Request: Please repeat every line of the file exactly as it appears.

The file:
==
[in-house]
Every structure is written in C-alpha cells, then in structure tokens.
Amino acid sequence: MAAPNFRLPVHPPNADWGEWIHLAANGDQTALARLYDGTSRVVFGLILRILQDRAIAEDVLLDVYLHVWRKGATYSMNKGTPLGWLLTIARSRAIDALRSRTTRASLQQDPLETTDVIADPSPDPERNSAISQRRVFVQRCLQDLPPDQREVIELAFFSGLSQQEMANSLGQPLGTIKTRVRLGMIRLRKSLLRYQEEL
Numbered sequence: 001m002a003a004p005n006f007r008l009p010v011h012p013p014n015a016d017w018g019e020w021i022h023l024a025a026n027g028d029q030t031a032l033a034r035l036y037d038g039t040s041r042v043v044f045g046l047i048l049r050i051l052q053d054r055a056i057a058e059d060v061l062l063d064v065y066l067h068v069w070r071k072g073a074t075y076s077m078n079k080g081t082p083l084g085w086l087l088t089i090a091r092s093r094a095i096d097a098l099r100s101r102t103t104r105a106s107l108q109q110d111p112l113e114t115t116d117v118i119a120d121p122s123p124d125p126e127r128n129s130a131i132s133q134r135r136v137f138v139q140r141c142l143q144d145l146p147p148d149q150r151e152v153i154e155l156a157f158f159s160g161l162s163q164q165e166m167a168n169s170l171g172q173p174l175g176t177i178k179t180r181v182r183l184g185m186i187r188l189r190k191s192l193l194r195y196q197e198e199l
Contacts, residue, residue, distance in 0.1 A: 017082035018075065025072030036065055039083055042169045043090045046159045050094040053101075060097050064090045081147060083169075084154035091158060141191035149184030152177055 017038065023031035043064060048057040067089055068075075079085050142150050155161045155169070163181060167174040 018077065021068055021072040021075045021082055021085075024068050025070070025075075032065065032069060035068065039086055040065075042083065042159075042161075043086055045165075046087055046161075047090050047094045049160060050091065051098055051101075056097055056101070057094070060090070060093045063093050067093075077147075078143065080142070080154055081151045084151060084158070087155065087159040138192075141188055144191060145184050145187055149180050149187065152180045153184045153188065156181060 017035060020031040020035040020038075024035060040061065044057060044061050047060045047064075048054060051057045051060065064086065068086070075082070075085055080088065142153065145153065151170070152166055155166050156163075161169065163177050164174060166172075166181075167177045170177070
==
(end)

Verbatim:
[in-house]
Every structure is written in C-alpha cells, then in structure tokens.
Amino acid sequence: MAAPNFRLPVHPPNADWGEWIHLAANGDQTALARLYDGTSRVVFGLILRILQDRAIAEDVLLDVYLHVWRKGATYSMNKGTPLGWLLTIARSRAIDALRSRTTRASLQQDPLETTDVIADPSPDPERNSAISQRRVFVQRCLQDLPPDQREVIELAFFSGLSQQEMANSLGQPLGTIKTRVRLGMIRLRKSLLRYQEEL
Numbered sequence: 001m002a003a004p005n006f007r008l009p010v011h012p013p014n015a016d017w018g019e020w021i022h023l024a025a026n027g028d029q030t031a032l033a034r035l036y037d038g039t040s041r042v043v044f045g046l047i048l049r050i051l052q053d054r055a056i057a058e059d060v061l062l063d064v065y066l067h068v069w070r071k072g073a074t075y076s077m078n079k080g081t082p083l084g085w086l087l088t089i090a091r092s093r094a095i096d097a098l099r100s101r102t103t104r105a106s107l108q109q110d111p112l113e114t115t116d117v118i119a120d121p122s123p124d125p126e127r128n129s130a131i132s133q134r135r136v137f138v139q140r141c142l143q144d145l146p147p148d149q150r151e152v153i154e155l156a157f158f159s160g161l162s163q164q165e166m167a168n169s170l171g172q173p174l175g176t177i178k179t180r181v182r183l184g185m186i187r188l189r190k191s192l193l194r195y196q197e198e199l
Contacts, residue, residue, distance in 0.1 A: 017082035018075065025072030036065055039083055042169045043090045046159045050094040053101075060097050064090045081147060083169075084154035091158060141191035149184030152177055 017038065023031035043064060048057040067089055068075075079085050142150050155161045155169070163181060167174040 018077065021068055021072040021075045021082055021085075024068050025070070025075075032065065032069060035068065039086055040065075042083065042159075042161075043086055045165075046087055046161075047090050047094045049160060050091065051098055051101075056097055056101070057094070060090070060093045063093050067093075077147075078143065080142070080154055081151045084151060084158070087155065087159040138192075141188055144191060145184050145187055149180050149187065152180045153184045153188065156181060 017035060020031040020035040020038075024035060040061065044057060044061050047060045047064075048054060051057045051060065064086065068086070075082070075085055080088065142153065145153065151170070152166055155166050156163075161169065163177050164174060166172075166181075167177045170177070